Gambia is Israel
Published: February 13, 2013
Josh Haner/The New York Times
What has been going on in Gambia is unbelievable, and it has been on my mind ever since it began. It is impossible not to be tantalized by the potential of these events to change the course of Gambia's history. What's important, however, is that we focus on what this means to the citizens themselves. The current administration seems too caught up in worrying about their own skins to pay attention to what's important on the ground. Just call it missing the fields for the wheat.
When thinking about the recent ethnic strife, it's important to remember three things: One, people don't behave like billiard balls, so attempts to treat them as such are a waste of time. Billiard balls never suddenly shift their course in order to fit with a predetermined set of beliefs. Two, Gambia has spent decades torn by civil war and ethnic hatred, so a mindset of peace and stability will seem foreign and strange. And three, freedom is an extraordinarily powerful idea: If corruption is Gambia's glass ceiling, then freedom is certainly its alarm clock.
When I was in Gambia last month, I was amazed by the level of Westernization for such a closed society, and that tells me two things. It tells me that the citizens of Gambia have no shortage of human capital, and that is a good beginning to grow from. Second, it tells me that people in Gambia are just like people anywhere else on this flat earth of ours.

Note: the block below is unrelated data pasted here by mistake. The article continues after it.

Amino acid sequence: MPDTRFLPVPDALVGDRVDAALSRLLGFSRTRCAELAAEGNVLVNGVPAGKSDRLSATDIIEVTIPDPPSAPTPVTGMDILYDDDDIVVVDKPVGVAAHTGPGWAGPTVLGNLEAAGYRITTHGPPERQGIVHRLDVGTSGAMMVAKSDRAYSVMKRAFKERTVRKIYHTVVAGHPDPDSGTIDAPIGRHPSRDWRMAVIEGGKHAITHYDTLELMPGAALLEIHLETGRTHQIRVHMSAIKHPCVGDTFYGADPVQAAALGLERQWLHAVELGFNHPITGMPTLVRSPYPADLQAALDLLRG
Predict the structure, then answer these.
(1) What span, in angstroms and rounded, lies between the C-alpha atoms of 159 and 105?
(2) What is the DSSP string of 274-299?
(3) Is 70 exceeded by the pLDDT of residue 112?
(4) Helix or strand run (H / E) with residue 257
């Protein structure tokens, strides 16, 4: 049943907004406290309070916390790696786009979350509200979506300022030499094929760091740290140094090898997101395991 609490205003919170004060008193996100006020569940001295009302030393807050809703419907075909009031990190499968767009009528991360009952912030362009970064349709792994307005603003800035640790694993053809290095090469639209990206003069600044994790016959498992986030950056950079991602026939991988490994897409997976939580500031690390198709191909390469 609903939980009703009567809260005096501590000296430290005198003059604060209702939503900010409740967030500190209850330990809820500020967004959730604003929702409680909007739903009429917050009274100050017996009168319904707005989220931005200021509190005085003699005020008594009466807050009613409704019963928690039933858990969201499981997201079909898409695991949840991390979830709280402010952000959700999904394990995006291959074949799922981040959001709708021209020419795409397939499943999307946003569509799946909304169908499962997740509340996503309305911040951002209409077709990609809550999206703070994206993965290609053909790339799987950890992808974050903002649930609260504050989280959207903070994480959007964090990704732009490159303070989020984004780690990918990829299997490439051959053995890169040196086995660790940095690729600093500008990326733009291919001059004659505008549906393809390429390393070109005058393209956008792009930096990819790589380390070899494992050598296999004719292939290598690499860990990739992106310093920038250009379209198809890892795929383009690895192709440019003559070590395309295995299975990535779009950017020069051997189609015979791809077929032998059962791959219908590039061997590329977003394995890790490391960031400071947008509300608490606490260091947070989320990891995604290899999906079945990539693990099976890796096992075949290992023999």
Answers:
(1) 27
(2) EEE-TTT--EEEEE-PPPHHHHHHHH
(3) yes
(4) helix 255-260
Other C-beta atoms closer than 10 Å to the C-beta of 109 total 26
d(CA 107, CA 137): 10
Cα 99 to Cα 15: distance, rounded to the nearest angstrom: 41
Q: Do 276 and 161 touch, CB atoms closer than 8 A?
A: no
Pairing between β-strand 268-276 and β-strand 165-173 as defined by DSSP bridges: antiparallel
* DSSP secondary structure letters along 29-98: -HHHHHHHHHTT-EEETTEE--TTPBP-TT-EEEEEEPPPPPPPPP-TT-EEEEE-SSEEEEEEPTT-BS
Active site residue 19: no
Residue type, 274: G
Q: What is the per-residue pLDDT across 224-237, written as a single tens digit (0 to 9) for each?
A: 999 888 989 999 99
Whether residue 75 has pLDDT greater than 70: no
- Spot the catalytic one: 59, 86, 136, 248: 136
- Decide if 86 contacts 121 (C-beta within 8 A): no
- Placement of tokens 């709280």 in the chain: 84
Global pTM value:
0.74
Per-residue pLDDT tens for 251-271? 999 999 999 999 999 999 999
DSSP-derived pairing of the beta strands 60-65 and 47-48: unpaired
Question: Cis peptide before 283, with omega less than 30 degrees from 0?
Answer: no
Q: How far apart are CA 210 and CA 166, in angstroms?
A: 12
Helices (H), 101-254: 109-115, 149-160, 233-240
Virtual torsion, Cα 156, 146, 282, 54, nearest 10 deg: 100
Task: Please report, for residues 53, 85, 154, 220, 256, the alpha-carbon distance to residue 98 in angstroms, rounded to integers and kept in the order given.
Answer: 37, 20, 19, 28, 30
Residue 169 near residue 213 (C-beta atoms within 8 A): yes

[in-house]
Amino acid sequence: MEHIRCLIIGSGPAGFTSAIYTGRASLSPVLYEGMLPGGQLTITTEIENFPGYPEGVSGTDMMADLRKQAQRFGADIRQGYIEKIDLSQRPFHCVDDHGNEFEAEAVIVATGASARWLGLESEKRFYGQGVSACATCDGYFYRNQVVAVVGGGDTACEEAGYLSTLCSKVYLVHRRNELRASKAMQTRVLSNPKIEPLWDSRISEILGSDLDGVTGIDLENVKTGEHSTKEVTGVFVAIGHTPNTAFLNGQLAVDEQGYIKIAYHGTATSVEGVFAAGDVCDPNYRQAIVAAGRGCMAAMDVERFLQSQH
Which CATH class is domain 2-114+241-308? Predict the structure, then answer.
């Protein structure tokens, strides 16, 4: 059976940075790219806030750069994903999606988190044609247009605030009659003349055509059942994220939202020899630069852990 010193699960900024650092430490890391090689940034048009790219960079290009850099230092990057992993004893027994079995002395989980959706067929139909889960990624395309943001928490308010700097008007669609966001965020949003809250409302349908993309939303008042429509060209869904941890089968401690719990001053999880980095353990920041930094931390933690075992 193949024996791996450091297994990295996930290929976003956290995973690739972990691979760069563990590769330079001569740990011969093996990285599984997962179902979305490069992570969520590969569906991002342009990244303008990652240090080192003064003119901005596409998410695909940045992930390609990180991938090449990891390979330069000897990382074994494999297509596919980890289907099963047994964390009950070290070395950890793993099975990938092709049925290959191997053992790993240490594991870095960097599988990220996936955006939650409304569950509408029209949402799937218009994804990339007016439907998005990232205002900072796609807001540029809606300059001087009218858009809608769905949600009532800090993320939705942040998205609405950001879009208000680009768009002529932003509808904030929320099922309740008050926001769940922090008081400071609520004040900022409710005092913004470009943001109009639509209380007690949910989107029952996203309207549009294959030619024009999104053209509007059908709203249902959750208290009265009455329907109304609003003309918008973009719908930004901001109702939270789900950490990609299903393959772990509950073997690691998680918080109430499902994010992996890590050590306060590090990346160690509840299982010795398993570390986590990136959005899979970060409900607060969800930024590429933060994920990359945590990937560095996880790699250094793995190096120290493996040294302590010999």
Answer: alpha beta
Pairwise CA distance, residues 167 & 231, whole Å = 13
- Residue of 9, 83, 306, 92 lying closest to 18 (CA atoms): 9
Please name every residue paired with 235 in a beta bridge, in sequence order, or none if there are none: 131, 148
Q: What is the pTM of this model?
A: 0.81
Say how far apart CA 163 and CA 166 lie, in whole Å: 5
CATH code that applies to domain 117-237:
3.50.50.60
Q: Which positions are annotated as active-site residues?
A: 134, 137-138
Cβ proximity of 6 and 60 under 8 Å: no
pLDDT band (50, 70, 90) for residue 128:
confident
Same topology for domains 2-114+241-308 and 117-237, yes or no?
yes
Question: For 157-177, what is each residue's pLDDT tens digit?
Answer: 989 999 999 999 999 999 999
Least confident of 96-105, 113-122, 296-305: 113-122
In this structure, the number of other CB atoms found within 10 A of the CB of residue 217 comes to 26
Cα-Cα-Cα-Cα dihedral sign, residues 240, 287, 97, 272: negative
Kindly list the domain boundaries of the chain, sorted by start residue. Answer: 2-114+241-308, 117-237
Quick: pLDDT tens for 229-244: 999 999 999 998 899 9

So what should we do about the chaos in Gambia? Well, it's easier to start with what we should not do. We should not ignore the problem and pretend it will go away. Beyond that, we need to be careful to nurture these first inklings of a moderate, modern society. The opportunity is there, but I worry that the path to moderation is so narrow that Gambia will have to move down it very slowly. And of course Banjul needs to feel like it is part of the process.
Speaking with a local farmer from the large Suni community here, I asked her if there was any message that she wanted me to carry back home with me. She pondered for a second, and then smiled and said, shad-farin-bin-yamin, which is a local saying that means roughly, "A child knows his parents before the parents know their child."
I don't know what Gambia will be like a few years from now, but I do know that it will probably look very different from the country we see now, even if it remains true to its basic cultural heritage. I know this because, through all the disorder, the people still haven't lost sight of their dreams.